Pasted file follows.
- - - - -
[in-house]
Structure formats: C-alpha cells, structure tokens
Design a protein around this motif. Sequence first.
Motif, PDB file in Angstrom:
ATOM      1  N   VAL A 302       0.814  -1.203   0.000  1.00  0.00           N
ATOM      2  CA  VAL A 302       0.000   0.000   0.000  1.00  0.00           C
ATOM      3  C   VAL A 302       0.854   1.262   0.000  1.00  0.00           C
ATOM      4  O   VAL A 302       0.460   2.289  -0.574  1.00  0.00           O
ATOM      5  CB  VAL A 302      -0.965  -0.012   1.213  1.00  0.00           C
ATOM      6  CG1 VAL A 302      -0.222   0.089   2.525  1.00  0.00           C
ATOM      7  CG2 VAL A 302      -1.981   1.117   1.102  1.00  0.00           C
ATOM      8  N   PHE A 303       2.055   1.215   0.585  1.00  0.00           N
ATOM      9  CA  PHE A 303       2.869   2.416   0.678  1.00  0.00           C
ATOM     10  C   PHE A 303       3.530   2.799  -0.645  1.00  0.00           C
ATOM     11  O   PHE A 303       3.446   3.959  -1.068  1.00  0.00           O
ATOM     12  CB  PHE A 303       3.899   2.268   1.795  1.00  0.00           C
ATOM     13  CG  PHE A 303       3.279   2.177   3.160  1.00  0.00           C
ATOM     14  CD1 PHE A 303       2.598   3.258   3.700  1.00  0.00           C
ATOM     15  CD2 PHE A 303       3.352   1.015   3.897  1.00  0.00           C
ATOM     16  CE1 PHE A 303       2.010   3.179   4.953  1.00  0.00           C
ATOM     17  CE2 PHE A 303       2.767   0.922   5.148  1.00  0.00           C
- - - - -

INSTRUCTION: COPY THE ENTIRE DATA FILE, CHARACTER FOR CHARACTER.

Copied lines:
[in-house]
Structure formats: C-alpha cells, structure tokens
Design a protein around this motif. Sequence first.
Motif, PDB file in Angstrom:
ATOM      1  N   VAL A 302       0.814  -1.203   0.000  1.00  0.00           N
ATOM      2  CA  VAL A 302       0.000   0.000   0.000  1.00  0.00           C
ATOM      3  C   VAL A 302       0.854   1.262   0.000  1.00  0.00           C
ATOM      4  O   VAL A 302       0.460   2.289  -0.574  1.00  0.00           O
ATOM      5  CB  VAL A 302      -0.965  -0.012   1.213  1.00  0.00           C
ATOM      6  CG1 VAL A 302      -0.222   0.089   2.525  1.00  0.00           C
ATOM      7  CG2 VAL A 302      -1.981   1.117   1.102  1.00  0.00           C
ATOM      8  N   PHE A 303       2.055   1.215   0.585  1.00  0.00           N
ATOM      9  CA  PHE A 303       2.869   2.416   0.678  1.00  0.00           C
ATOM     10  C   PHE A 303       3.530   2.799  -0.645  1.00  0.00           C
ATOM     11  O   PHE A 303       3.446   3.959  -1.068  1.00  0.00           O
ATOM     12  CB  PHE A 303       3.899   2.268   1.795  1.00  0.00           C
ATOM     13  CG  PHE A 303       3.279   2.177   3.160  1.00  0.00           C
ATOM     14  CD1 PHE A 303       2.598   3.258   3.700  1.00  0.00           C
ATOM     15  CD2 PHE A 303       3.352   1.015   3.897  1.00  0.00           C
ATOM     16  CE1 PHE A 303       2.010   3.179   4.953  1.00  0.00           C
ATOM     17  CE2 PHE A 303       2.767   0.922   5.148  1.00  0.00           C